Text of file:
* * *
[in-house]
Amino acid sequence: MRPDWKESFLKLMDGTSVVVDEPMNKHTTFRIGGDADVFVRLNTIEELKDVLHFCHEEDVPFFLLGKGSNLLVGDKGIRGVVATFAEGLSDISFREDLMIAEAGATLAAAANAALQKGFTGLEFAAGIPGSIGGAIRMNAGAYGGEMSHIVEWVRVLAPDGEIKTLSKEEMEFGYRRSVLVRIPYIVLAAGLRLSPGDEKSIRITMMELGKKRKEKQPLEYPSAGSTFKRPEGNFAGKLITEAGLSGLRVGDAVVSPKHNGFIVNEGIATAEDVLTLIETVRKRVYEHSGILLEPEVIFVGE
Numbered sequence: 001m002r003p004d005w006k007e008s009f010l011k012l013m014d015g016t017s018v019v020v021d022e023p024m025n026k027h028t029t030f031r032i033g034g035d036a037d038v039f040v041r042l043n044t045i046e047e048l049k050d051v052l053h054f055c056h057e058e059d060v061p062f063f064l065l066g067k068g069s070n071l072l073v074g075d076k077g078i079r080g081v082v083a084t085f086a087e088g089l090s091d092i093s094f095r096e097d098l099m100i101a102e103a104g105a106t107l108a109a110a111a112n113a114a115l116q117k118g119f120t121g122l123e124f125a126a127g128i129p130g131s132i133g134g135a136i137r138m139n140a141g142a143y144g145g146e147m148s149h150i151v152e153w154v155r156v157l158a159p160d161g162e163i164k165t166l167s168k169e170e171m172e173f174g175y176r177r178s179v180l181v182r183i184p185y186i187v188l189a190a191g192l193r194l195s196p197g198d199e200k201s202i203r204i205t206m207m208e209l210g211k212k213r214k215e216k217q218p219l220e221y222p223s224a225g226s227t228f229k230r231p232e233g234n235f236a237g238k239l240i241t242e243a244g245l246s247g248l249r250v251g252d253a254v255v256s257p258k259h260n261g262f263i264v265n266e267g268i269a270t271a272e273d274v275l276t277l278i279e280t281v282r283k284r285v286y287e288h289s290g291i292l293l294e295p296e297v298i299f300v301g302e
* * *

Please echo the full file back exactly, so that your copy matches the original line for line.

[in-house]
Amino acid sequence: MRPDWKESFLKLMDGTSVVVDEPMNKHTTFRIGGDADVFVRLNTIEELKDVLHFCHEEDVPFFLLGKGSNLLVGDKGIRGVVATFAEGLSDISFREDLMIAEAGATLAAAANAALQKGFTGLEFAAGIPGSIGGAIRMNAGAYGGEMSHIVEWVRVLAPDGEIKTLSKEEMEFGYRRSVLVRIPYIVLAAGLRLSPGDEKSIRITMMELGKKRKEKQPLEYPSAGSTFKRPEGNFAGKLITEAGLSGLRVGDAVVSPKHNGFIVNEGIATAEDVLTLIETVRKRVYEHSGILLEPEVIFVGE
Numbered sequence: 001m002r003p004d005w006k007e008s009f010l011k012l013m014d015g016t017s018v019v020v021d022e023p024m025n026k027h028t029t030f031r032i033g034g035d036a037d038v039f040v041r042l043n044t045i046e047e048l049k050d051v052l053h054f055c056h057e058e059d060v061p062f063f064l065l066g067k068g069s070n071l072l073v074g075d076k077g078i079r080g081v082v083a084t085f086a087e088g089l090s091d092i093s094f095r096e097d098l099m100i101a102e103a104g105a106t107l108a109a110a111a112n113a114a115l116q117k118g119f120t121g122l123e124f125a126a127g128i129p130g131s132i133g134g135a136i137r138m139n140a141g142a143y144g145g146e147m148s149h150i151v152e153w154v155r156v157l158a159p160d161g162e163i164k165t166l167s168k169e170e171m172e173f174g175y176r177r178s179v180l181v182r183i184p185y186i187v188l189a190a191g192l193r194l195s196p197g198d199e200k201s202i203r204i205t206m207m208e209l210g211k212k213r214k215e216k217q218p219l220e221y222p223s224a225g226s227t228f229k230r231p232e233g234n235f236a237g238k239l240i241t242e243a244g245l246s247g248l249r250v251g252d253a254v255v256s257p258k259h260n261g262f263i264v265n266e267g268i269a270t271a272e273d274v275l276t277l278i279e280t281v282r283k284r285v286y287e288h289s290g291i292l293l294e295p296e297v298i299f300v301g302e